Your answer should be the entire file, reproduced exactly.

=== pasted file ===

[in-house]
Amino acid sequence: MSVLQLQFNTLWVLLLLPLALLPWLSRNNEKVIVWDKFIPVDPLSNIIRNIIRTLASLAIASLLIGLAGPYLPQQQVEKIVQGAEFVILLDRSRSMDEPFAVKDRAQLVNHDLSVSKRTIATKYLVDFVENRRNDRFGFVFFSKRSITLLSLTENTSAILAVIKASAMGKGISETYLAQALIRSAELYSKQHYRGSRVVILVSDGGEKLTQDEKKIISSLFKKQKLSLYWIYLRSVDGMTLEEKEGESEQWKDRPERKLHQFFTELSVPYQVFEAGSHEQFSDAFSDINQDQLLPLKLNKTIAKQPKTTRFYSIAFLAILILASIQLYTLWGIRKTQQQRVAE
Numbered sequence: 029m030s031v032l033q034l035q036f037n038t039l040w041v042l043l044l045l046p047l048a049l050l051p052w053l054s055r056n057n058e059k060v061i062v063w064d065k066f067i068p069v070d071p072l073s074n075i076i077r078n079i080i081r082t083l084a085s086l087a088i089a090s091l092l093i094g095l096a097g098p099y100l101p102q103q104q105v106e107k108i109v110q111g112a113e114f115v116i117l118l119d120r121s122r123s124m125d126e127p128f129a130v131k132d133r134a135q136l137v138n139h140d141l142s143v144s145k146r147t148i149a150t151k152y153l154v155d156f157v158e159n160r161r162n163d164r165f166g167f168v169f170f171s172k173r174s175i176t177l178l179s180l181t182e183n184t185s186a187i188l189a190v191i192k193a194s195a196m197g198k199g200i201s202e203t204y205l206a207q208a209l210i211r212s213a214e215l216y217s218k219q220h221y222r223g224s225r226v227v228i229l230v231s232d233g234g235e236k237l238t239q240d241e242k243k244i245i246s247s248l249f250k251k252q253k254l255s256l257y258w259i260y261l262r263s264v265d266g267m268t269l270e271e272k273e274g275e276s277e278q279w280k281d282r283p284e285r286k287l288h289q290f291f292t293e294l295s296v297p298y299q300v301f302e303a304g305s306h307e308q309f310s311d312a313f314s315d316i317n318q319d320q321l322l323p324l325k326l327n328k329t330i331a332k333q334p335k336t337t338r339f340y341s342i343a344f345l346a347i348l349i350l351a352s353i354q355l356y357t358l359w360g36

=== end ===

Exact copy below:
[in-house]
Amino acid sequence: MSVLQLQFNTLWVLLLLPLALLPWLSRNNEKVIVWDKFIPVDPLSNIIRNIIRTLASLAIASLLIGLAGPYLPQQQVEKIVQGAEFVILLDRSRSMDEPFAVKDRAQLVNHDLSVSKRTIATKYLVDFVENRRNDRFGFVFFSKRSITLLSLTENTSAILAVIKASAMGKGISETYLAQALIRSAELYSKQHYRGSRVVILVSDGGEKLTQDEKKIISSLFKKQKLSLYWIYLRSVDGMTLEEKEGESEQWKDRPERKLHQFFTELSVPYQVFEAGSHEQFSDAFSDINQDQLLPLKLNKTIAKQPKTTRFYSIAFLAILILASIQLYTLWGIRKTQQQRVAE
Numbered sequence: 029m030s031v032l033q034l035q036f037n038t039l040w041v042l043l044l045l046p047l048a049l050l051p052w053l054s055r056n057n058e059k060v061i062v063w064d065k066f067i068p069v070d071p072l073s074n075i076i077r078n079i080i081r082t083l084a085s086l087a088i089a090s091l092l093i094g095l096a097g098p099y100l101p102q103q104q105v106e107k108i109v110q111g112a113e114f115v116i117l118l119d120r121s122r123s124m125d126e127p128f129a130v131k132d133r134a135q136l137v138n139h140d141l142s143v144s145k146r147t148i149a150t151k152y153l154v155d156f157v158e159n160r161r162n163d164r165f166g167f168v169f170f171s172k173r174s175i176t177l178l179s180l181t182e183n184t185s186a187i188l189a190v191i192k193a194s195a196m197g198k199g200i201s202e203t204y205l206a207q208a209l210i211r212s213a214e215l216y217s218k219q220h221y222r223g224s225r226v227v228i229l230v231s232d233g234g235e236k237l238t239q240d241e242k243k244i245i246s247s248l249f250k251k252q253k254l255s256l257y258w259i260y261l262r263s264v265d266g267m268t269l270e271e272k273e274g275e276s277e278q279w280k281d282r283p284e285r286k287l288h289q290f291f292t293e294l295s296v297p298y299q300v301f302e303a304g305s306h307e308q309f310s311d312a313f314s315d316i317n318q319d320q321l322l323p324l325k326l327n328k329t330i331a332k333q334p335k336t337t338r339f340y341s342i343a344f345l346a347i348l349i350l351a352s353i354q355l356y357t358l359w360g36